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Playing classical music to your child can improve their listening skills later on

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  • Playing classical music to your child can improve their listening skills later on

    Playing classical music to your child can improve their listening skills later on in life

    Playing classical music to young children boosts their concentration and self-discipline as well as their social skills

    PUBLISHED: 13:27 EST, 8 January 2014 | UPDATED: 13:36 EST, 8 January 2014

    Playing classical music such as Beethoven and Mozart to young children boosts their concentration and self-discipline, a new study suggests.

    Youngsters also improve their general listening and social skills by being exposed to repertoires from composers including Ravel, Shostakovich and Mendelssohn.

    In addition, they are likely to appreciate a wider range of music in later years, according to a study from the Institute of Education, (IoE), University of London.

    Playing classical music to children boosts their concentration and self-discipline, according to the study.

    It improves their general listening and social skills.

    Children exposed to the works of Beethoven and Mozart, for example, are more likely to appreciate a wider range of music in later years.

    Some teachers involved in a scheme to expose seven to 10-year-olds to classical music reported seeing an improvement in their English.

    Another study found that musicians have sharper minds and are less likely to suffer a mental decline.

    Mastering instruments such as the piano, flute or violin improves people's ability to pick up mistakes and fix them quickly.

    Susan Hallam, professor of education and music psychology at the IoE, evaluated a programme developed by Apollo Music Projects which introduces children aged seven to ten to classical music and its composers.

    The scheme involves a whole school assembly followed by six lessons at class level, with children experiencing different instruments and musical concepts and a formal concert.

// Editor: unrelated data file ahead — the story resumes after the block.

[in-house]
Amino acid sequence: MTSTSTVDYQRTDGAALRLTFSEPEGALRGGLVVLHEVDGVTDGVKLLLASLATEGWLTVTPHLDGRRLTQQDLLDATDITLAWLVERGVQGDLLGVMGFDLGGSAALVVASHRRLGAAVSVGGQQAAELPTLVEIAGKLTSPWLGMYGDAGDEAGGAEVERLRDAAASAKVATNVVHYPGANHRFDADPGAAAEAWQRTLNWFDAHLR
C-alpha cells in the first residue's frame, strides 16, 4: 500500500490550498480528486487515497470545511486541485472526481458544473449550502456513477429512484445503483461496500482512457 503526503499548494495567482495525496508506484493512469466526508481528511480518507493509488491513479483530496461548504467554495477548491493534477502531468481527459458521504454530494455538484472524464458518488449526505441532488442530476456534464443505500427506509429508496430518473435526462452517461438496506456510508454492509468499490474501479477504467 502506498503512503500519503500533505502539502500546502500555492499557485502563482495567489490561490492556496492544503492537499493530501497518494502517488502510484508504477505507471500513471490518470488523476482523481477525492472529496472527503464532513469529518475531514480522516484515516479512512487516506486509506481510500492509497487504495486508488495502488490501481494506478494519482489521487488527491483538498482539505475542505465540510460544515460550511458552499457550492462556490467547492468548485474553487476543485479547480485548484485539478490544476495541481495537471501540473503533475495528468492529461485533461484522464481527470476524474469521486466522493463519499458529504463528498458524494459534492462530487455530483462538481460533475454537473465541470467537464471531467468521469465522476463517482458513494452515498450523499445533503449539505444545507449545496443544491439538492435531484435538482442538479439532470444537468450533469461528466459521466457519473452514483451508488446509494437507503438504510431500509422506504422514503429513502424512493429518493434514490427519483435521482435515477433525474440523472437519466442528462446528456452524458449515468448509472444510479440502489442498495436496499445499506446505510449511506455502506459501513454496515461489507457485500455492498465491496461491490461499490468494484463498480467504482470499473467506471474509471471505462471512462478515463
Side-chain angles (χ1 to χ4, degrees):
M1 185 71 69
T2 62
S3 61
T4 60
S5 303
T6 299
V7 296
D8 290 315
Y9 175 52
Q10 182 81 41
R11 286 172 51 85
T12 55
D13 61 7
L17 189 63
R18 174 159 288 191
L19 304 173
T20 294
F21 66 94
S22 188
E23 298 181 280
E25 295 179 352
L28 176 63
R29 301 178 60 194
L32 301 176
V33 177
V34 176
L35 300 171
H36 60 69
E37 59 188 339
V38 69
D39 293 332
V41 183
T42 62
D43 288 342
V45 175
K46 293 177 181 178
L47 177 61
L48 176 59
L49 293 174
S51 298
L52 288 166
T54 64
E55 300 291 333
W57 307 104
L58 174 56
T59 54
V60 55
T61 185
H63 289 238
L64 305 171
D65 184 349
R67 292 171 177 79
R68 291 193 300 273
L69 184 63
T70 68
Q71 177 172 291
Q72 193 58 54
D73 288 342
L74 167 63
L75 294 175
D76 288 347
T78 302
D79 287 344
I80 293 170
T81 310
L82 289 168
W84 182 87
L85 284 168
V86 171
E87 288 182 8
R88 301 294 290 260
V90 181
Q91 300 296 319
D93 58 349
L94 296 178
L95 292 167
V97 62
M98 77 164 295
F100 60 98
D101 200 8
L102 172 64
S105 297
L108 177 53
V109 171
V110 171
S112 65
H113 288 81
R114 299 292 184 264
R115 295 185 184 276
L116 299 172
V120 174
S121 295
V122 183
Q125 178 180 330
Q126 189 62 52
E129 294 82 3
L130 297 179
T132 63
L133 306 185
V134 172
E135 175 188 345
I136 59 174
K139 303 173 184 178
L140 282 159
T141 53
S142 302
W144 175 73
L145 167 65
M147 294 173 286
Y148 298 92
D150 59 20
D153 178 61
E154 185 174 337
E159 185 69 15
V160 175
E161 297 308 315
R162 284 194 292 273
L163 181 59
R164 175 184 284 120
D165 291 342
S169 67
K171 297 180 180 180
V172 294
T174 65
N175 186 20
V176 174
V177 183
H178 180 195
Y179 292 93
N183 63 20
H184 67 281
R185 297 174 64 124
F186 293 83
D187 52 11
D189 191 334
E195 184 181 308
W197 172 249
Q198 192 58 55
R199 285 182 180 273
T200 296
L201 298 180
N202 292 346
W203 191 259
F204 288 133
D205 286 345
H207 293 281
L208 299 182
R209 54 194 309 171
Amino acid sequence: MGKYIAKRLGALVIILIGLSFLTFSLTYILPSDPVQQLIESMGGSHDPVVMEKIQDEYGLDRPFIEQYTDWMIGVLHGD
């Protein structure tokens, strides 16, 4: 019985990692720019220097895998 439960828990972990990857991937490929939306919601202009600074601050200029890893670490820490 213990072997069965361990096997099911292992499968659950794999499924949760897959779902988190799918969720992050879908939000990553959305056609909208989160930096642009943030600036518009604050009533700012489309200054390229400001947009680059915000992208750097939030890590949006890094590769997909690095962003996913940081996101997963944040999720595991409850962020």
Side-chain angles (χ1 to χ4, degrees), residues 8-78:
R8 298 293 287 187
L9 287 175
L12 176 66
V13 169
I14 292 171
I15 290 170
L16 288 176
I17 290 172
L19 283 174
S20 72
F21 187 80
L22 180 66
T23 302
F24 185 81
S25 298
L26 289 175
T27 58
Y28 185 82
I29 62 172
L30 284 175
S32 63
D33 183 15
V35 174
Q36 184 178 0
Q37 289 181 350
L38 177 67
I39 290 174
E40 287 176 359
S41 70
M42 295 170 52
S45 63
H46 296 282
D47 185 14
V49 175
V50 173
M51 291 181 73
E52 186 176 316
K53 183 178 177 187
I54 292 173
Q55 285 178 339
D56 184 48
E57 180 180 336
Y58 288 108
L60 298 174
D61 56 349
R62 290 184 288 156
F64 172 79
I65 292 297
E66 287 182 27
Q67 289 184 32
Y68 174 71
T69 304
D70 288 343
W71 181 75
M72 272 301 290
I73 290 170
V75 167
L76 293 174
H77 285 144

Musicians explain what children should listen for and launch question and answer sessions. As the sessions progress, the listening tasks become more complex.

    The programme has been delivered to 4,500 children in 26 primary schools in Hackney and Tower Hamlets, East London, as well as to over 22,000 youngsters in assemblies and concerts.

    26 members of staff and 252 children in nine primary schools were questioned about the programme.

    Teachers rated developing the ability to listen as the main benefit, followed by musical knowledge and development and the boosting of concentration levels, aspirations, self-discipline and personal and social skills. Some staff also pointed to improvements to English.

    One teacher said: ‘The children really enjoy the sessions. I think that listening to music in such an intimate environment (ie the classroom) engages them and allows them to develop their listening skills.’ Another said that pupils’ communication skills improved.

    In a report on the scheme, Professor Hallam said children developed ‘enhanced listening skills and the development of other skills necessary for careful listening to take place including concentration and self-discipline’.

    She added: ‘For some of the children the programme was inspirational. The children’s positive reactions suggest that they were ‘open-eared’ and had not developed prejudices against classical music.

    ‘We know that preferences for music are affected by the extent to which individuals are exposed to them, the greater the exposure the greater the liking.

    ‘Opportunities to listen extensively to classical music in the early years of primary school are therefore likely to lead to children appreciating a wider range of music than might otherwise be the case.’
    This has been demonstrated over and over. I don't think only Western classical music has this effect; I think it's common to all 'classical' musical traditions. For whatever reason, musical complexity reaches a certain point in human cultures and then gets progressively dumbed down.

    I like listening to Katy Perry as much as the next person but there's nothing in her music that's stimulating or challenging and that's true of most contemporary music both pop and classical. What intricacy and complexity there is in music at the moment is on the fringes.

    Daily Mail
    "Alexa, slaughter the fatted calf."